GPG Key Transition
My current PGP/GnuPG key is expiring, so I've rolled a new one. The ID of the new key
0x3C7775DD37811E62 (full fingerprint:
1ED5 E5A3 01C3 D109 9040 2289 3C77 75DD 3781 1E62)
and it should be in your favorite keyservers,
cross-signed by my old key. You can also find it at https://files.roguelazer.com/roguelazer.gpg.
It has also been attached to my keybase.io account and my Github
profile. My previous key (
) has not been revoked
and has not been compromised, but you should still stop using it if possible. The new key is a 4096-bit RSA
key with SHA-2 digest signatures — I'm not quite bold enough to switch to ECC for a long-lived key yet.
My signed transition document is below, and can also be found at
you prefer to download it directly.
Additionally, I have generated a separately-signed key with ID
0x233E5EAF0EC3ABA9 (full fingerprint:
14E8 9660 188D BC9B 2C17 67AA 233E 5EAF 0EC3 ABA9). This key should not be used for communication,
but will only be used to sign VCS commits/tags/&c (in Git and perhaps in
Pijul). It's going to be on my [managed] work computer, so treat it with a grain
Vim Setup: 2019
It's been a little while since I posted about my editor configuration, and I thought I might post what I'm using
now. I guess the most notable change is that (after much prodding from my coworker Drew
Ditthardt) I've switched from Vim to Neovim. Neovim is a vim-compatible editor
written in C and Lua (as opposed to Vim, which is written in C, Vimscript, and prayers). I upgraded to Vim 8 last
year and have had a few too many segmentation faults in the editor, so I decided to switch to something where more
functionality was implemented in a memory-safe language. So far, Neovim has been pretty good to me, although the
new process model means that it's pretty hard to write functions which invoke an external process which takes
interactive input from a user.
As is probably expected for this sort of thing, here's a couple of screenshots; the first is of VimR, and the second is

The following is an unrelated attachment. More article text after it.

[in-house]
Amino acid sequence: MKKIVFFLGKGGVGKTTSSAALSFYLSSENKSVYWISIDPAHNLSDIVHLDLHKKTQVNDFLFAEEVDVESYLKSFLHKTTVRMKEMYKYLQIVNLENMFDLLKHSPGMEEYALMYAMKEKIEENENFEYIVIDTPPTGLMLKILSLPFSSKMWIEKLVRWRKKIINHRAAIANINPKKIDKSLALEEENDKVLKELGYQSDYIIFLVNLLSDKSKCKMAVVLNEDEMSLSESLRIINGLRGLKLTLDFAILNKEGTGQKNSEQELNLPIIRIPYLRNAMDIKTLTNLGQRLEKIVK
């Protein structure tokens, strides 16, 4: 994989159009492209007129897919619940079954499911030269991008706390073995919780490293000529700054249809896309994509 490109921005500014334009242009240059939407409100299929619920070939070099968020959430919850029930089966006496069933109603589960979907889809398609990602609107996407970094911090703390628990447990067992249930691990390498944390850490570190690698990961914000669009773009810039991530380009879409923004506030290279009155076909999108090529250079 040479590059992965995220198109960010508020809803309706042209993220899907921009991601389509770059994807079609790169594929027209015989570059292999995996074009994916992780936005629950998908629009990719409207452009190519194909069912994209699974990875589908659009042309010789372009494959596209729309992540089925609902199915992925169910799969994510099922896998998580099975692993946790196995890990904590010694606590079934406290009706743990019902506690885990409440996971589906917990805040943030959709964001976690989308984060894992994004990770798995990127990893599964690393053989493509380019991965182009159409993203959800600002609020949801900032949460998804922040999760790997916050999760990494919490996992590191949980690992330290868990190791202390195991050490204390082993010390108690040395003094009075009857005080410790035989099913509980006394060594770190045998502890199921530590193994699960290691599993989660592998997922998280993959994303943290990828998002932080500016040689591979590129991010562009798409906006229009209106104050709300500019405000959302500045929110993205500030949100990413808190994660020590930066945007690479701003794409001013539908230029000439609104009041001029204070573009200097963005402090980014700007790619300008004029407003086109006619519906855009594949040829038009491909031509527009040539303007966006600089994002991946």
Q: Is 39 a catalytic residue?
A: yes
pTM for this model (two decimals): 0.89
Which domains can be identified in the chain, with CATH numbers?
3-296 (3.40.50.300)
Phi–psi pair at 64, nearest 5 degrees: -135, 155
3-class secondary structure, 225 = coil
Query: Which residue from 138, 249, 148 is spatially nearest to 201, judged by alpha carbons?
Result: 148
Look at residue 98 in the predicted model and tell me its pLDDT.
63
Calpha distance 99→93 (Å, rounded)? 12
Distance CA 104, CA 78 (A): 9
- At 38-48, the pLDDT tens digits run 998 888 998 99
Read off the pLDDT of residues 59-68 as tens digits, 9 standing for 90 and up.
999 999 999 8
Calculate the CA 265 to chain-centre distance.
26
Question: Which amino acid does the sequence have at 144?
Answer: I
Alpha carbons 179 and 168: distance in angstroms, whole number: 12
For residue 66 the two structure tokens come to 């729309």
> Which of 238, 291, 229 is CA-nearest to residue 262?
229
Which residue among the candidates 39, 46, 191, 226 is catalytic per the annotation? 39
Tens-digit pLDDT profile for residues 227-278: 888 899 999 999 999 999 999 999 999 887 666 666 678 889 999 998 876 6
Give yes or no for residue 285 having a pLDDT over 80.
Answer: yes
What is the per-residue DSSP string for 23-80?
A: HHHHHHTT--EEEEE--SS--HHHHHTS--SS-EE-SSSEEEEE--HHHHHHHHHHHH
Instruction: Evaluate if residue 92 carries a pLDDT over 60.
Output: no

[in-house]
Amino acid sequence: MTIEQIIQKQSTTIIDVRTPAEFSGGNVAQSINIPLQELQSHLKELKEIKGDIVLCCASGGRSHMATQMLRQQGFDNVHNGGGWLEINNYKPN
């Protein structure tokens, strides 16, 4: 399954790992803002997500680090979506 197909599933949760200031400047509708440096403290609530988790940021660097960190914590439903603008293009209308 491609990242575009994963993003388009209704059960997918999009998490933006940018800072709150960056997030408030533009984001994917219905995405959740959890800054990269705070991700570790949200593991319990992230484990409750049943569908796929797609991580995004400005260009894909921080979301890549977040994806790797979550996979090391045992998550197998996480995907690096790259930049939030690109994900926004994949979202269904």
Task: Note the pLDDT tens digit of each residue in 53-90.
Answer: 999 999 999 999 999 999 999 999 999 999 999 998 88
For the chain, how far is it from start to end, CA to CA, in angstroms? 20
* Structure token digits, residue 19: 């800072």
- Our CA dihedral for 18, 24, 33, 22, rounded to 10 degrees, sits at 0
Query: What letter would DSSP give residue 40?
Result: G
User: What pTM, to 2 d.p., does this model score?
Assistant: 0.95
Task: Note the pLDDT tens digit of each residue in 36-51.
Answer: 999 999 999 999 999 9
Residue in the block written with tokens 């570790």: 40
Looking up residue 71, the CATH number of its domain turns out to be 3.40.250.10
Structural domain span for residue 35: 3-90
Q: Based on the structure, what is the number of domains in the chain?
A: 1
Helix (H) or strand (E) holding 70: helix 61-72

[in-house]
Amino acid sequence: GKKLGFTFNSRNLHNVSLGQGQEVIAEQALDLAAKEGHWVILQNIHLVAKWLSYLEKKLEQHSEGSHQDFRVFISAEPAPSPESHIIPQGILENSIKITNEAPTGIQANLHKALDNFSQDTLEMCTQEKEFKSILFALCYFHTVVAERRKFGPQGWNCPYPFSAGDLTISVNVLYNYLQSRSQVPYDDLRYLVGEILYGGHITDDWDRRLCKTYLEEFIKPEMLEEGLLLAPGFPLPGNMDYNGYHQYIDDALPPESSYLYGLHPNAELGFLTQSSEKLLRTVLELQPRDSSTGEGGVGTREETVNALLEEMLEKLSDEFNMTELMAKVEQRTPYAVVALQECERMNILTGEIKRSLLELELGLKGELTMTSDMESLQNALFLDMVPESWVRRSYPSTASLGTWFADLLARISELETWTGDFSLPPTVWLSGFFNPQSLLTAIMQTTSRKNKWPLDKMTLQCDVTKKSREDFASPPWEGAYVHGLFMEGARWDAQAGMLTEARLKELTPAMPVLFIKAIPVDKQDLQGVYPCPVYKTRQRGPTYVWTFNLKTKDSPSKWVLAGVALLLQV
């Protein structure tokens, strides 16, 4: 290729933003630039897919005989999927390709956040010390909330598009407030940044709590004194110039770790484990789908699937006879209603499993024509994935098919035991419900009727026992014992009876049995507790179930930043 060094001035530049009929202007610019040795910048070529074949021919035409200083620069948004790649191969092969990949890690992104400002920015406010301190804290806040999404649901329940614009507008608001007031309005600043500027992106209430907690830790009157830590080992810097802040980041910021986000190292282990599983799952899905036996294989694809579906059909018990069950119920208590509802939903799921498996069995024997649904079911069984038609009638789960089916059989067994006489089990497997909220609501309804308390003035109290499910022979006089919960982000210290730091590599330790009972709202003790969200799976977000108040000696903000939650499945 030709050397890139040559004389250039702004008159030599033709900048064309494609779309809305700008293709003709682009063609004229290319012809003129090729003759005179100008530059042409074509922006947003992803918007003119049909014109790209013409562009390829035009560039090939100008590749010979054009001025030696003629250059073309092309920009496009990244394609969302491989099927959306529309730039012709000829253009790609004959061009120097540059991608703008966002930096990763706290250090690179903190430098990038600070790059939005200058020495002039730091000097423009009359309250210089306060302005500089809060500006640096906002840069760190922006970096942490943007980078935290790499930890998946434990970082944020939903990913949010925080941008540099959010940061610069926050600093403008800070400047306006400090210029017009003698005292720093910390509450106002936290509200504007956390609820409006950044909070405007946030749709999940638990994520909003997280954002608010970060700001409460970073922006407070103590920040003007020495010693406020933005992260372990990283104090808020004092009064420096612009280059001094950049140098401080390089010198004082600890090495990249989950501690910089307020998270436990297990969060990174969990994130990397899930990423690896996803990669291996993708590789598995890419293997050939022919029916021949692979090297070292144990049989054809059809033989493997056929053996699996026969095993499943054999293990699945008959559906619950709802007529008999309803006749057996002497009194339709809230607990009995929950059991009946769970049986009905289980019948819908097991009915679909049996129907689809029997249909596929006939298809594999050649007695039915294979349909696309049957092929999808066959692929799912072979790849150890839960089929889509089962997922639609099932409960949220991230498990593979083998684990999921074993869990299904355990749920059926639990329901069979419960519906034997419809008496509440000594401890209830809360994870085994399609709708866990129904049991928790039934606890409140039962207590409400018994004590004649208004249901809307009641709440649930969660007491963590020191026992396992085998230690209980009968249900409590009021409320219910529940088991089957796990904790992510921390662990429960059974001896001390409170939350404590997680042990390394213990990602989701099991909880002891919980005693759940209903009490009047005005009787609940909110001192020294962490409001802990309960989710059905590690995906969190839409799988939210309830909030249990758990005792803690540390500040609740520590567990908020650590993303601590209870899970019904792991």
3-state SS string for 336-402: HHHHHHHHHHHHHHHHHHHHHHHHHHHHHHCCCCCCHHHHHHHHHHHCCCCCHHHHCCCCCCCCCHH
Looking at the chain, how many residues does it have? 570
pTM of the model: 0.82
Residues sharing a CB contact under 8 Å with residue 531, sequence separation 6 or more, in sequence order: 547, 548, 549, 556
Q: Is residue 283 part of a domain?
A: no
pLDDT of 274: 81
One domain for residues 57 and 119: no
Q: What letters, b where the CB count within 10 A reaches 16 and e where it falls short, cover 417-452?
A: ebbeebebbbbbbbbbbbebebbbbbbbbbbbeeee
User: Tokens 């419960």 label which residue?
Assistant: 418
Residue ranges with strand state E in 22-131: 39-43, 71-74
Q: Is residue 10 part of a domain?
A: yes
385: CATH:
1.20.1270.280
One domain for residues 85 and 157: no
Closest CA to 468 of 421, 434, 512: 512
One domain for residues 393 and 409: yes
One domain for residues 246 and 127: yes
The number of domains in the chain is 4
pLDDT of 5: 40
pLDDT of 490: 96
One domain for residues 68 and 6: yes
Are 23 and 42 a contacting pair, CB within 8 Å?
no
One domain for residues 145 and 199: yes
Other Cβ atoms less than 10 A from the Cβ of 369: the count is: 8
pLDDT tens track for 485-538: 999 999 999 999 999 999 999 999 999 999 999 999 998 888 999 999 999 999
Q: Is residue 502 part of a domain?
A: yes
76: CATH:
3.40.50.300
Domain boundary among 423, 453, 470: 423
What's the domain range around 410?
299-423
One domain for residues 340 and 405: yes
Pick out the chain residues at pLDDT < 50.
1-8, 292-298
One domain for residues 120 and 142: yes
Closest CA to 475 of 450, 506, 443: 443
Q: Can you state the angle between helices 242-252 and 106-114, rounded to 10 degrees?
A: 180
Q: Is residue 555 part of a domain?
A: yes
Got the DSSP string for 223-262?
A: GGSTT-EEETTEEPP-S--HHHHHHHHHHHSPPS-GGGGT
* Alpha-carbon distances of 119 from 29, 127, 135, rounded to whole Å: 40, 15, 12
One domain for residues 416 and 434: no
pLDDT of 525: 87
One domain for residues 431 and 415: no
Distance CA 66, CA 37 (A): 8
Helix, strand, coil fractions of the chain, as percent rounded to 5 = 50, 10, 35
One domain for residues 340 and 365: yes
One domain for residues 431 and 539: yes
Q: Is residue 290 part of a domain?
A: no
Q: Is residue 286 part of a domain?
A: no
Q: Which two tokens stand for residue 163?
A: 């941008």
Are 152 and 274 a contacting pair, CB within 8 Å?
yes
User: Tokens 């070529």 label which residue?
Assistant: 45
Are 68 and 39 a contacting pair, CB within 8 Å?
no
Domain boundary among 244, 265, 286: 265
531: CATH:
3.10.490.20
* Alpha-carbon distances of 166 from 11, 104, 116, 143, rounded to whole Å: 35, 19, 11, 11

from NeoVim in
Terminal.app, both editing files from rust-mysql-binlog:
Firefox Setup: 2019
Here's a quick post on how I use and configure Firefox on my Macs. The last time I posted
about any of this was in 2011, and things have
changed a fair bit since then. First, a screenshot (from my new iMac):
Key extensions for this setup:
- Vim Vixen
- Vim keybindings for Firefox. Not quite as good as Vimperator, but works with modern Firefox, and getting better
all the time. The only thing I really miss is macro recording, which I used all the time in Vimperator.
- Tree-Style Tabs
- Our monitors are widescreen; why would you try to stack tabs …
2019 iMac First Impressions
For the first time since early 2010, I have a desktop computer again!
It's a 2019 5K Retina iMac with an Intel Core i5-9600K (9th Generation, 6 physical cores), 16GB of RAM, AMD Radeon
Pro 580X, and a 1TB SSD. Geekbench isn't exactly scientific, but it reports this computer as 50% faster single-core,
150% faster multi-core than the computer it's replacing.
I don't know if you're aware of this, but Twitter hasn't been a very good
company in the last few years. Between the aiding and abetting of white supremacists,
the continued hosting of our obnoxious orange tweeter-in-chief, and the ongoing
user-hostile platform changes, it's just not
as fun of a place as it was when I joined on November 14,
2007. So, uh, I'm not there any more.
No, I didn't delete my Twitter account. However, I have started trying to use a new
microblogging system in its stead: Mastodon. Mastodon is an
interesting idea: it's a federated social network …
Pebble Time Steel Review
In February, I Kickstarted the Pebble Time. As soon as it was announced (March 3), I upgraded my Kickstarter pledge to the Pebble Time Steel. As you might remember from last year, I had Kickstarted the original Pebble ("Pebble Classic" now) and purchased the Pebble Steel as soon as it was released, so this was a no-brainer.
Well, it took a few months longer than expected, but my Time Steel arrived about a week ago, and here's my review.